Smith was comfortable in her new role
And Smith is enjoying the chance to sink her teeth into such a juicy role. "After all these years, I am known more for Harry Potter and Downton Abbey than anything I've ever done," she says. "It goes to show that you have to always be prepared for anything."
Continue reading: The Lady In The Van Lets Maggie Smith Revisit An Old Role
Maggie Smith couldn't be more perfect for the title role in this film if it were written for her. But the most astounding thing about this story is that it's true, an event from playwright-screenwriter Alan Bennett's own life. The film cleverly plays with the idea of a writer telling his own story. And it also gives Smith an unforgettable role in a movie that's both entertaining and sharply pointed.
It happened in 1970 Camden, as neighbours worried about a homeless woman parking her van in front of their houses. She turns out to be Mary Shepard (Smith), and resident Alan Bennett (Alex Jennings) offers to let her park her van in his driveway for a few months. She stayed there for 15 years, during which Alan refuses to pry into Mary's personal life and she turns a blind eye to the steady flow of young gentleman callers at his door. Even so, over the years Alan learns some details about Mary's past as a musician, ambulance driver and nun, and that she became homeless because she was on the run from the police.
Bennett takes a cheeky approach to the script, writing two versions of himself: one who lives his life and one who writes about it. The interaction between the two is cleverly played by Jennings and directed with offhanded hilarity by Hytner, who shot the movie in the actual street and house where the events took place. Jennings also adds some emotional interest in Alan's relationship with his mother (Gwen Taylor), who ironically has to move into a nursing home. Opposite him, Smith is as magnetic as ever, reeling off each pithy one-liner with impeccable timing. The role may not seem like much of a stretch, but she delivers it with a prickly mix of attitude and humour, plus a strong undercurrent of pathos.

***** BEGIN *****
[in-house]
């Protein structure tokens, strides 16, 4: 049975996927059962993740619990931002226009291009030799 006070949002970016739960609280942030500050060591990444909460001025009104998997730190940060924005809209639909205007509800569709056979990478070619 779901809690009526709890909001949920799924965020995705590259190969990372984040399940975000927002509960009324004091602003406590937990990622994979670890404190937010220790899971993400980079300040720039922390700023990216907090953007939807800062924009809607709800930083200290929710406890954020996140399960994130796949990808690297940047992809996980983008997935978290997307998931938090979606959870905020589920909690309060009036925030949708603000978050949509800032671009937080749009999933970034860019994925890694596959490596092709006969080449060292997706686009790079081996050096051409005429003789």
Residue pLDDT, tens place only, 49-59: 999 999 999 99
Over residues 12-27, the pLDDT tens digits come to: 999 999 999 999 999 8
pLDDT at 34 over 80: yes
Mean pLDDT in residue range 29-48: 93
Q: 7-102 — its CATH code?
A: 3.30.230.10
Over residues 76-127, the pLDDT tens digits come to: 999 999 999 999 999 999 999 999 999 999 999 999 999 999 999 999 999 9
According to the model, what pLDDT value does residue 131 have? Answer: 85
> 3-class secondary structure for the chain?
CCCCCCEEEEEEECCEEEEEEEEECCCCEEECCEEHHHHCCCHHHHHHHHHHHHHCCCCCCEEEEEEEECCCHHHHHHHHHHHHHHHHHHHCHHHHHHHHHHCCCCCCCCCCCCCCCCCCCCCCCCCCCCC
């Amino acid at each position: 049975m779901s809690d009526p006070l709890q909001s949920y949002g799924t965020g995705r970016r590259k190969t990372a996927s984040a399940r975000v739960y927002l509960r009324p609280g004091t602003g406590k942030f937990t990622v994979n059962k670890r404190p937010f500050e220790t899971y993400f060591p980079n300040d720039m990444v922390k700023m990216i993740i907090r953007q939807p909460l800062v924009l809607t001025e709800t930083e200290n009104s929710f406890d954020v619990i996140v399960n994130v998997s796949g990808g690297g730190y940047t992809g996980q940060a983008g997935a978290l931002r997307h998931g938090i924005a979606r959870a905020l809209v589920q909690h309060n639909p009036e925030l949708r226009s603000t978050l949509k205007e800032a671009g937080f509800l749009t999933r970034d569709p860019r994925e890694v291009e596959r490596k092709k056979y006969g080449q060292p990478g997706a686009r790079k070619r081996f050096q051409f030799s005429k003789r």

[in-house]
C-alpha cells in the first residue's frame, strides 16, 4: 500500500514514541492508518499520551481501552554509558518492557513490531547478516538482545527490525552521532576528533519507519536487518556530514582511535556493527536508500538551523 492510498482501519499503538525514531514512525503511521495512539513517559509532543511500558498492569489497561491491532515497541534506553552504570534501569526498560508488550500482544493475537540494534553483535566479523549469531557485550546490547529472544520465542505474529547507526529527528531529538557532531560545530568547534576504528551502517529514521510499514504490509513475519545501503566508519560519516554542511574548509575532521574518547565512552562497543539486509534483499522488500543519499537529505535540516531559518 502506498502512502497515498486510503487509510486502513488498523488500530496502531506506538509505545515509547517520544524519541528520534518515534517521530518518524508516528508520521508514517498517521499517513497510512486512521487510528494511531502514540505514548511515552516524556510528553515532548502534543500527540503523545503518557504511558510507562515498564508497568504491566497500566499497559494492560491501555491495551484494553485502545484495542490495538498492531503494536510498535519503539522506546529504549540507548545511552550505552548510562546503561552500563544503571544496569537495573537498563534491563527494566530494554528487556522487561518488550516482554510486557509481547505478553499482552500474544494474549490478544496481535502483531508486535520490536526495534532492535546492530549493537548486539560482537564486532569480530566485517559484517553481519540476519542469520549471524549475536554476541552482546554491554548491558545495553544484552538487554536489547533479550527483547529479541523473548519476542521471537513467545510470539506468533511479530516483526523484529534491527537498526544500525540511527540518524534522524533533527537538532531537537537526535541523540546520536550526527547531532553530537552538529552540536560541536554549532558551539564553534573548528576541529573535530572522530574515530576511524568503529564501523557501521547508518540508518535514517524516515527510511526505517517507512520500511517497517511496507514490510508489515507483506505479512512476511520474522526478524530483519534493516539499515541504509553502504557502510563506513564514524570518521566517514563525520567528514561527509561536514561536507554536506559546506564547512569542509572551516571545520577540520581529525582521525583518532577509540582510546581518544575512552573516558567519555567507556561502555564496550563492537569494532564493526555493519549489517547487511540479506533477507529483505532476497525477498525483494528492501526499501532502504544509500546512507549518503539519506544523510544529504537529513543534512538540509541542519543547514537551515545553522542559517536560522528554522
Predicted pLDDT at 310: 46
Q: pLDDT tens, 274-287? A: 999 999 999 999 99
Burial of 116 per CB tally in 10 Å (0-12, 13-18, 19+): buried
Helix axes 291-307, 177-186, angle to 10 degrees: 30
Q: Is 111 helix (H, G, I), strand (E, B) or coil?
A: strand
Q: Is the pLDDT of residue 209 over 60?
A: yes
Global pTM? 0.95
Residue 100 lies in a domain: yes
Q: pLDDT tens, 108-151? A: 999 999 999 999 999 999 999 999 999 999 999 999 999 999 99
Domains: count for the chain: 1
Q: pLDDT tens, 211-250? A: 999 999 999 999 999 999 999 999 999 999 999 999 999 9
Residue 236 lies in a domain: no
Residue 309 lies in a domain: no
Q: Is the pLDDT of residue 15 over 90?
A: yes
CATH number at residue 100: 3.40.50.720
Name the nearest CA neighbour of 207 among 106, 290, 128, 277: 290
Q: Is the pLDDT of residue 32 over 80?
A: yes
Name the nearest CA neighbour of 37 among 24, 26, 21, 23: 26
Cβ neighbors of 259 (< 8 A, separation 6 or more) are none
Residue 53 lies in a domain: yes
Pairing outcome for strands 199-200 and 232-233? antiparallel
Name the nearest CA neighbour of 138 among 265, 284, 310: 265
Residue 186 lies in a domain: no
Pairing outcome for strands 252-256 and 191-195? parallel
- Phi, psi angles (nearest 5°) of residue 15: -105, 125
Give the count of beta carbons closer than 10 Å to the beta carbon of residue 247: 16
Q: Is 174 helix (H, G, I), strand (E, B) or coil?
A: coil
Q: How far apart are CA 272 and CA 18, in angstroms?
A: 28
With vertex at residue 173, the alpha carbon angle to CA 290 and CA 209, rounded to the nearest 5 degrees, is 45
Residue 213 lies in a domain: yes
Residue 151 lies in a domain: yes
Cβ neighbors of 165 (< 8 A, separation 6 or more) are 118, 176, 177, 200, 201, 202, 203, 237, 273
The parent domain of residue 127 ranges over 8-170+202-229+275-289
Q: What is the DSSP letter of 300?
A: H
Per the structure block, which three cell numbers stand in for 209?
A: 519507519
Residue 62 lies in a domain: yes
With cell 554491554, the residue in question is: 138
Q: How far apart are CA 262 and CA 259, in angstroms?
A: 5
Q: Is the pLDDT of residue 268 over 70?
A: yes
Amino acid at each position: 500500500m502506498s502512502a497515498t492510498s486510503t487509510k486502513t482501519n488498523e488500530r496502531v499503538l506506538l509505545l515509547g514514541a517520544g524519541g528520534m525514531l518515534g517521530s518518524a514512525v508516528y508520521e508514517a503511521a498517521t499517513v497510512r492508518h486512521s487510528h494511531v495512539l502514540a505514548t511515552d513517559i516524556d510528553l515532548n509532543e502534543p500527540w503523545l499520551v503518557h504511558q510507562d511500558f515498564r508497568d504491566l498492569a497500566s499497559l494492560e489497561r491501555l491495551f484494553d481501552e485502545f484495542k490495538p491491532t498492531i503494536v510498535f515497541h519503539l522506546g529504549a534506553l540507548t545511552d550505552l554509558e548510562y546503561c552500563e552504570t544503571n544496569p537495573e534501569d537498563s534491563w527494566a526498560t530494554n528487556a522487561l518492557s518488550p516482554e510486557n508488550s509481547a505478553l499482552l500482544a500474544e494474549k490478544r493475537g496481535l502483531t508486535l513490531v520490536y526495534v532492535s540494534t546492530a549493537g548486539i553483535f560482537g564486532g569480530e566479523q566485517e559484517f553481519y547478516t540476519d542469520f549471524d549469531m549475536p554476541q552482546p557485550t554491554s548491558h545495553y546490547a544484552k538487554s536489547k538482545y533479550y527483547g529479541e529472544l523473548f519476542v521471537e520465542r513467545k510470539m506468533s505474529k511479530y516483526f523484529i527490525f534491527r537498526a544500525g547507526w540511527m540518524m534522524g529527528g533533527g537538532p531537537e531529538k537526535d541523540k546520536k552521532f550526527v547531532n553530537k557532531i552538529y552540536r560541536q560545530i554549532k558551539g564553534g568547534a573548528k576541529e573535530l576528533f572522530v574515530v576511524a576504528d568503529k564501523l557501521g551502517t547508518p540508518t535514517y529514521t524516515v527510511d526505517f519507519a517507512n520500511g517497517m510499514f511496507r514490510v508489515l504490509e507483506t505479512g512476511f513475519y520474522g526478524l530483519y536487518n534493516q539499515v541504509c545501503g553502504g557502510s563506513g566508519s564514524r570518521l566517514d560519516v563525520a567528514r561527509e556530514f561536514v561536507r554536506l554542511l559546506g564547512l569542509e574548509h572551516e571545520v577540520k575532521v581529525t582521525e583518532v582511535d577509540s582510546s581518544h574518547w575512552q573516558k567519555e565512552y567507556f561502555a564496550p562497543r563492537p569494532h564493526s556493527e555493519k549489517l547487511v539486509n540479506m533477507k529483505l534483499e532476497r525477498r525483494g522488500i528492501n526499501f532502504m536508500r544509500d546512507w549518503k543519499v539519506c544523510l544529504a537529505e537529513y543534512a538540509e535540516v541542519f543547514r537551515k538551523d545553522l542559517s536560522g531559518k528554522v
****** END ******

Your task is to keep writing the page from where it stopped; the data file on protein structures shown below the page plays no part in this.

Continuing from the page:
Continue reading: The Lady In The Van Review
Fans are joining #TeamEdith, after the Crawley sister was once again done out of her happy ending.
Yes there’s still a Christmas special to come, but after six series on ITV, ‘Downton Abbey’ ended its run last night, with a surprise wedding and a suicide attempt. But while Lady Mary Crawley got what she wanted (as usual), her younger sister Edith was denied her own happy ending, leaving some viewers furious.
After six seasons ‘Downton Abbey’ has ended on ITV.
During the episode unlucky in love Edith had her chances of happiness stolen, when sister Mary ruined her relationship by revealing details of her secret love child to fiancé the Marquess of Hexham, Bertie Pelham. But while Edith faced a lifetime of loneliness, all was okay for Mary, as she wed Henry Talbot.
The ITV drama is in the middle of its sixth and final season, before a Christmas special wraps it up for good.
Many will be sad to see ‘Downton Abbey’ finally closing its doors upon the conclusion of the Christmas special this year, but one of its key stars won’t be viewing it with too much unhappiness. Dame Maggie Smith has said that she’s “glad” to be saying goodbye after six years.
80 year old Smith, who plays the irrepressible matriarch Violet Crawley in the ITV series, spoke to the ‘Graham Norton Show’ on the BBC on Friday night (October 30th) about how she’s pleased to finally wrap up the popular drama.
“I’m glad it’s over, I really am,” she said frankly. “By the time we finished she (Countess of Grantham) must have been about 110. It couldn’t go on and on, it just didn’t make sense.” Asked whether she would like to be in the movie, which has long been mooted by the series’ creator Julian Fellowes, she replied simply “I can’t. What age would she be?”